Fourth hole, 370 yards, The Mill; After the second blind tee ball in the first four holes (i.e. real links golf!), the golfer is faced with one of the game’s great approach shots. The fairway feeds directly onto a bunkerless green site whereby one foot off the green to the left is a ten foot drop and one foot off the right of the green is a seven foot drop. At 38 paces, the green is the longest on the course and shots played to the back hole locations require tremendous skill and nerves. The great local female golfer Cecil Leitch no doubt relished this hole as a way to showcase her tremendous talents. Many a golfer has played ping pong across the narrow green, reminding some of the dangerous eleventh at the Country Club of Charleston.
Fifth hole, 520 yards, Solway; The placement of the tees in the dunes creates an appealing and strategic diagonal carry to a fairway that parallels the coastline of the Solway Firth.
Sixth hole, 200 yards, Natterjack; The first of an exceptional set of one shot holes, the sixth plays downhill twenty feet to a green guarded left and right by fronting wing bunkers which are distinctly in play when a) the hole is downwind and the only way to stay on the green is to land one’s tee ball between them or b) the hole is into the wind and the golfer balloons his tee ball from the elevated tee and the wind gobbles it up and deposits it into one of the fronting bunkers.
Seventh hole, 425 yards, Battery; The pressure is on to hit a long and true tee ball as the second shot must scale a twenty foot ridge to a green tucked in a dell. Common with many other Silloth green complexes, the interior contours are good without being exceptional. However, the surrounds of the green are of exception and when taken together, the green sites at Silloth create great short game interest.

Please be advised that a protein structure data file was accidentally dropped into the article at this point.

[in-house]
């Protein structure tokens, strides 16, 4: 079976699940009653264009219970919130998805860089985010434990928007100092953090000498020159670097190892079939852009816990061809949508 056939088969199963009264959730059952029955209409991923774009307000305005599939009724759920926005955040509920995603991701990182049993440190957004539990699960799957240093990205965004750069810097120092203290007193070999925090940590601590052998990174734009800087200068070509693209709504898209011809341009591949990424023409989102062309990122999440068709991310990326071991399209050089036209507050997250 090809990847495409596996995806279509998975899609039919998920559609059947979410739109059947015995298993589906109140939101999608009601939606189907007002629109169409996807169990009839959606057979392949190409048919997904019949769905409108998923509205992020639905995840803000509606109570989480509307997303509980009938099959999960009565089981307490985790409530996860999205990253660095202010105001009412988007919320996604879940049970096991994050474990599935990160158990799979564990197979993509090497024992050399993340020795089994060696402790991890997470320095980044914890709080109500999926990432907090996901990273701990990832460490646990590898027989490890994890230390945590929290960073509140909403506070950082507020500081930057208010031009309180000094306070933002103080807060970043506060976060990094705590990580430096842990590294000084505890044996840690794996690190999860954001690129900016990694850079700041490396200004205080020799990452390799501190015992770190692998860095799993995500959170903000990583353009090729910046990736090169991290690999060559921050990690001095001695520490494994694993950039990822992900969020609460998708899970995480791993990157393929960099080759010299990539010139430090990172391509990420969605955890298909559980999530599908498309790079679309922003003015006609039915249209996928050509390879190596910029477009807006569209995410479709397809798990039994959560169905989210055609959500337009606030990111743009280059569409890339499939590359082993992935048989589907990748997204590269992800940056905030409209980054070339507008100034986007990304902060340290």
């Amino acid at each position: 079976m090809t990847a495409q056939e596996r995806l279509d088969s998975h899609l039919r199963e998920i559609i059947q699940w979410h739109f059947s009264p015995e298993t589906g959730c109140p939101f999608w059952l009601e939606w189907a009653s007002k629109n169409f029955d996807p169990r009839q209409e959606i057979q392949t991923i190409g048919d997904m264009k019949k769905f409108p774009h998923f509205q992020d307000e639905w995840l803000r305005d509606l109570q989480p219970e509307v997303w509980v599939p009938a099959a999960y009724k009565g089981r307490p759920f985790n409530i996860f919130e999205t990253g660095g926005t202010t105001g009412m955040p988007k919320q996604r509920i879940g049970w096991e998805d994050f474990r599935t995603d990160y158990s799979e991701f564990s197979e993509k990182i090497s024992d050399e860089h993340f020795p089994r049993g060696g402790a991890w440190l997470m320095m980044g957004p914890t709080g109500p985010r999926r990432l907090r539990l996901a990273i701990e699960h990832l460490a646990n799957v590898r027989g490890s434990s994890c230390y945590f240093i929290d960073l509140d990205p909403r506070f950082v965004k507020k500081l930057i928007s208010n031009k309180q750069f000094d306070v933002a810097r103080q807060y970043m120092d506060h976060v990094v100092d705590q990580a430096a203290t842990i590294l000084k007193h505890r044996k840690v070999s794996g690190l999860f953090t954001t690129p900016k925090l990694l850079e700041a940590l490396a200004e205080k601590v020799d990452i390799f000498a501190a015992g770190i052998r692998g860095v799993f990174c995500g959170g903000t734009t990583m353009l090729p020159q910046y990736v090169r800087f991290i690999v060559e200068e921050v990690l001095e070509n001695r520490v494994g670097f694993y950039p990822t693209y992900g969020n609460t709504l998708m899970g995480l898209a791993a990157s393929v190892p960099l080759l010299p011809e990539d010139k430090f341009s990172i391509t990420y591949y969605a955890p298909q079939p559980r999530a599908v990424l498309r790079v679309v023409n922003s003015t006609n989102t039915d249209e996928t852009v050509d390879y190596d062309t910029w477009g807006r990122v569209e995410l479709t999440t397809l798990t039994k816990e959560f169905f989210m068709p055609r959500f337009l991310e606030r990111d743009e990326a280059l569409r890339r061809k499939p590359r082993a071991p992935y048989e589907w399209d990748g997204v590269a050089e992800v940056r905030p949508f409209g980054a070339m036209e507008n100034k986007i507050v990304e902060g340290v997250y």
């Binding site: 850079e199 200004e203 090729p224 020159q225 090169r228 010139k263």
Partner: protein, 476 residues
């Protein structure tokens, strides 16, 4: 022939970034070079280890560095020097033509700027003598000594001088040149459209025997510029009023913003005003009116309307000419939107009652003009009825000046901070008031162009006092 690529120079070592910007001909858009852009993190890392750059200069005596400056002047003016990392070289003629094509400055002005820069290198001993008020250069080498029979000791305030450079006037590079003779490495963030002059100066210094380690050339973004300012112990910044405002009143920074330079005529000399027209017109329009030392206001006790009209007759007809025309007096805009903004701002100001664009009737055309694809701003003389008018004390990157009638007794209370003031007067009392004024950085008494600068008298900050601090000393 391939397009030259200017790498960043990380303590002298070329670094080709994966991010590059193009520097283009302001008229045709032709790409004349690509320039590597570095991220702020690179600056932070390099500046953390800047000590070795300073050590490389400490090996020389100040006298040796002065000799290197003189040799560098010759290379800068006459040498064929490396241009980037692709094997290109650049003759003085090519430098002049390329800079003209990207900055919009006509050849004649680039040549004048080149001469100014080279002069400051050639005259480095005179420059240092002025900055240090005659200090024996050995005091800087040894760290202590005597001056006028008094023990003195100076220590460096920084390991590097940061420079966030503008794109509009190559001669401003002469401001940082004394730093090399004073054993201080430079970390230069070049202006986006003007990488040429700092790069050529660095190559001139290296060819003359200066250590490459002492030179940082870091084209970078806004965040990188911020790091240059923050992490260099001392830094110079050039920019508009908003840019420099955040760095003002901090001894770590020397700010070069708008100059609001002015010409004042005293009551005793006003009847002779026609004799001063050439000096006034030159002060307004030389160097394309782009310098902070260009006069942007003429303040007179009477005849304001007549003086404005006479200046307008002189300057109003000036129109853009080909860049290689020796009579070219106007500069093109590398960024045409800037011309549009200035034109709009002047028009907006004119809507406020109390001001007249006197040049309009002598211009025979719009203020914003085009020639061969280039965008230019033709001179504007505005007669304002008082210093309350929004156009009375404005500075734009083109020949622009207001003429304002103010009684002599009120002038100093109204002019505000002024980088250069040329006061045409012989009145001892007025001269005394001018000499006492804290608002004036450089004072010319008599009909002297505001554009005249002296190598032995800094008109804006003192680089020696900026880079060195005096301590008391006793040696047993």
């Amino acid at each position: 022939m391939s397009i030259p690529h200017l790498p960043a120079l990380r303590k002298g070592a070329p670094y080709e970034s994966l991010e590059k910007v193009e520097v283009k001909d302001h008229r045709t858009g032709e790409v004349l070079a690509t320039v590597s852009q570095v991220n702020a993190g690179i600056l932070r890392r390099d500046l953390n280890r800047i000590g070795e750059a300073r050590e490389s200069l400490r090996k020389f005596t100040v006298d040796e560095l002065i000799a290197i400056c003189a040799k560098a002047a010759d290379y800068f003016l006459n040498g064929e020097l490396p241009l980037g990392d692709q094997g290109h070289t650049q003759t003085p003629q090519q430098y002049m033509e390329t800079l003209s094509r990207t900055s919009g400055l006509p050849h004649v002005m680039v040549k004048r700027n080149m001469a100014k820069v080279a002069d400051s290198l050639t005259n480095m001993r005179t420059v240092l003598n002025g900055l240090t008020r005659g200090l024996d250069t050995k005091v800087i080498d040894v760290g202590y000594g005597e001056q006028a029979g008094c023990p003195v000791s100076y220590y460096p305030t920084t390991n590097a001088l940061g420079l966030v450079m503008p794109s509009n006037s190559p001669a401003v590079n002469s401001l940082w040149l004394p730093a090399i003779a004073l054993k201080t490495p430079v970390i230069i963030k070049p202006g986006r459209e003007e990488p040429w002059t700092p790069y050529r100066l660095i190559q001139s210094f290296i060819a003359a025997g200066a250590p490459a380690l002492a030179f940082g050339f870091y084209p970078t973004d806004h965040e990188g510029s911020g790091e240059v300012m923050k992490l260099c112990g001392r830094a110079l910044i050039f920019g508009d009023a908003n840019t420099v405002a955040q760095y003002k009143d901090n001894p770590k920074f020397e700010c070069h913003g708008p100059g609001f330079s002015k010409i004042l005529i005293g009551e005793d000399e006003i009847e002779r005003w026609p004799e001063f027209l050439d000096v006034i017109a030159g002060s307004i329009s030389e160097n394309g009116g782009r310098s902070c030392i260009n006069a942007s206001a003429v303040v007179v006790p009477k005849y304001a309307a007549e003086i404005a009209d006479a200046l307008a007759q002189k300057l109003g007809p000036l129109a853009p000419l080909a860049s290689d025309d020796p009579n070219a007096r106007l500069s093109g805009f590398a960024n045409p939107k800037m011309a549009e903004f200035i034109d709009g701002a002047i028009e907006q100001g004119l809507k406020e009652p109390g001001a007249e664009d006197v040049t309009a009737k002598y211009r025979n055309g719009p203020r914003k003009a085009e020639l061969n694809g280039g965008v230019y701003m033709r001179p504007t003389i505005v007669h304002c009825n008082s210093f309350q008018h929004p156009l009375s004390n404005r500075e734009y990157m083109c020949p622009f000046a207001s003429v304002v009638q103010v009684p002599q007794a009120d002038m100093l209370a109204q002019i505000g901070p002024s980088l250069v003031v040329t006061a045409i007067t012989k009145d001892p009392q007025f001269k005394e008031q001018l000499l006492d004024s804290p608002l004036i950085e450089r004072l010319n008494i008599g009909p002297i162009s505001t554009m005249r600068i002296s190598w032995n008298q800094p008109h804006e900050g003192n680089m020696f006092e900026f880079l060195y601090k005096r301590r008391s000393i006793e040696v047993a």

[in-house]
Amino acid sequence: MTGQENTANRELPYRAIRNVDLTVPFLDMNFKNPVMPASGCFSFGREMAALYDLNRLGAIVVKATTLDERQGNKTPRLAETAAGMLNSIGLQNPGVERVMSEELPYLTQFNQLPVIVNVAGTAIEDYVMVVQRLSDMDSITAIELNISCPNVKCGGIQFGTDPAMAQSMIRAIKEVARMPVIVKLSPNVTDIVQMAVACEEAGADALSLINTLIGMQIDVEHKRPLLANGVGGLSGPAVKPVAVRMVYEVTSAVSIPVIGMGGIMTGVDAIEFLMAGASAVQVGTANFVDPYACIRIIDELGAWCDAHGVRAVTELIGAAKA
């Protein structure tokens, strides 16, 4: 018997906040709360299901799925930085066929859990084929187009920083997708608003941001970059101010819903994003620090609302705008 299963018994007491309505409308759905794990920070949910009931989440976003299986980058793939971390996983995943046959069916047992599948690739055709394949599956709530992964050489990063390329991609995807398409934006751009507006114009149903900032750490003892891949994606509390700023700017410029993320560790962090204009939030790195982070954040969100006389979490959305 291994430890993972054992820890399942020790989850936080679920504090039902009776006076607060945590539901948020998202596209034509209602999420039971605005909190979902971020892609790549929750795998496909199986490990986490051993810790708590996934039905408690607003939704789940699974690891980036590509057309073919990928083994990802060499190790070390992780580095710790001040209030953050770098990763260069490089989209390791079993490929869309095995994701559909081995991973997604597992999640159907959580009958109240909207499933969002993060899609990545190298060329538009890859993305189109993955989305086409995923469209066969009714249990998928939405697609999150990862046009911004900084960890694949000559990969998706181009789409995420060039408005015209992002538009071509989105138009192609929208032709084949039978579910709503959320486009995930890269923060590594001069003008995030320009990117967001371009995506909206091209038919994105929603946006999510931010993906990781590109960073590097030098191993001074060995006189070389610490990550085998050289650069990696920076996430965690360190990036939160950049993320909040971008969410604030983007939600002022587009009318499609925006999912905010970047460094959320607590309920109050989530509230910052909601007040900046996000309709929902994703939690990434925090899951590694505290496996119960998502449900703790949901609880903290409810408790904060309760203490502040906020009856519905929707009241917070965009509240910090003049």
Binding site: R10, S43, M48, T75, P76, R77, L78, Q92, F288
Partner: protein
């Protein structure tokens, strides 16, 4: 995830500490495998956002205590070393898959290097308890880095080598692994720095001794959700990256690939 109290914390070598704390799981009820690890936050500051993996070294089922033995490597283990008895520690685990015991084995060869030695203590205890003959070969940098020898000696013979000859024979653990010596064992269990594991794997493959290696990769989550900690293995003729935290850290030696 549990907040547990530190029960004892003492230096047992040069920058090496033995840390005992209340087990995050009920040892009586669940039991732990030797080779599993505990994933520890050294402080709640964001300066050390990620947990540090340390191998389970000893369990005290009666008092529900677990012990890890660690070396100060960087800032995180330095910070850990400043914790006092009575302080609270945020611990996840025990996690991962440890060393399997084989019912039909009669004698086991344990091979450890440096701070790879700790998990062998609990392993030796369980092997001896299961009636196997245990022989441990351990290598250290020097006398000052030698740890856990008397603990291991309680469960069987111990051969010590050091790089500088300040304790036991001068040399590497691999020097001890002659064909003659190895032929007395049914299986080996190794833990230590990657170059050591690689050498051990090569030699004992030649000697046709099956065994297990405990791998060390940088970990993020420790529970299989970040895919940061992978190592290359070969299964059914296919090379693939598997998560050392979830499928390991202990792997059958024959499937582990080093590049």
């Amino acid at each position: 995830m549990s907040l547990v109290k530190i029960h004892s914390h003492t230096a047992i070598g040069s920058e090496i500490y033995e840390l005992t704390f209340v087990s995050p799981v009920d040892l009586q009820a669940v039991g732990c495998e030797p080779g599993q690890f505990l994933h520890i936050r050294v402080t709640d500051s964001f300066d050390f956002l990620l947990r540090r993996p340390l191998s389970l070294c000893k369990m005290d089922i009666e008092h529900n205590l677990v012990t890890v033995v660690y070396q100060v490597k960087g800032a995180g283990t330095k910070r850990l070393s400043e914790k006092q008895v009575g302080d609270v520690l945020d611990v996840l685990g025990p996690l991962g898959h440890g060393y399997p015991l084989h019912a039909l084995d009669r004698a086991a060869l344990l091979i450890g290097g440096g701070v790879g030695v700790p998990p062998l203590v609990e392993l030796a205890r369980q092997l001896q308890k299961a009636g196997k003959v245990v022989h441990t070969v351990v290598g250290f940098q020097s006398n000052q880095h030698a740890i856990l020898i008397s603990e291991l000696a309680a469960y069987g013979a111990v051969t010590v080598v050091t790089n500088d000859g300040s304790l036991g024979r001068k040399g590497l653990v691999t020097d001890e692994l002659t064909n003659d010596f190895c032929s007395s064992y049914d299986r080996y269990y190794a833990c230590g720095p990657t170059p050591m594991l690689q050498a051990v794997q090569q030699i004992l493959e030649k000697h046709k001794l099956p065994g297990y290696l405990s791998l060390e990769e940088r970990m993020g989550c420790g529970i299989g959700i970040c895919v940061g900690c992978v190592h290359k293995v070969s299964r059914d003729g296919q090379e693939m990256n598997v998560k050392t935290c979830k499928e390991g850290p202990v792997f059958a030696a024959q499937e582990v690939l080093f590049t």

Silloth on Solway Golf Club
Ninth hole, 145 yards, The Manx; This short one shotter shares similarities with the infamous Postage Stamp hole at Royal Troon two hours north up the motorway. The putting surface is long but narrow and any tee ball missed right kicks sharply away toward a nest of three bunkers six paces off and below the putting surface. From below the putting surface, the golfer is (unfortunately!) in the ideal position to practice several recovery shots before seeing his ball finally settle on the green. The author observed one such occurrence in a tight match where two attempted recovery shots landed within a foot of the putting surface only to trickle back into the same bunker. The resulting hissy fit spoke to the maddening challenges of links golf in general (maddening in the sense that the golfer may not realize where the real trouble is until it is too late) and of the merits of this well designed hole in particular.
Twelfth hole, 205 yards, Heather Bank; As the name implies, heather is a dominant feature on this one shotter as it wraps around the left and back of the green. Thus, many a tee ball from those familiar with the course comes up short and right, leaving a tricky up and down but at least nothing worse than a bogey. It isn’t the most dramatic hole but it benefits from the architects having left well enough alone.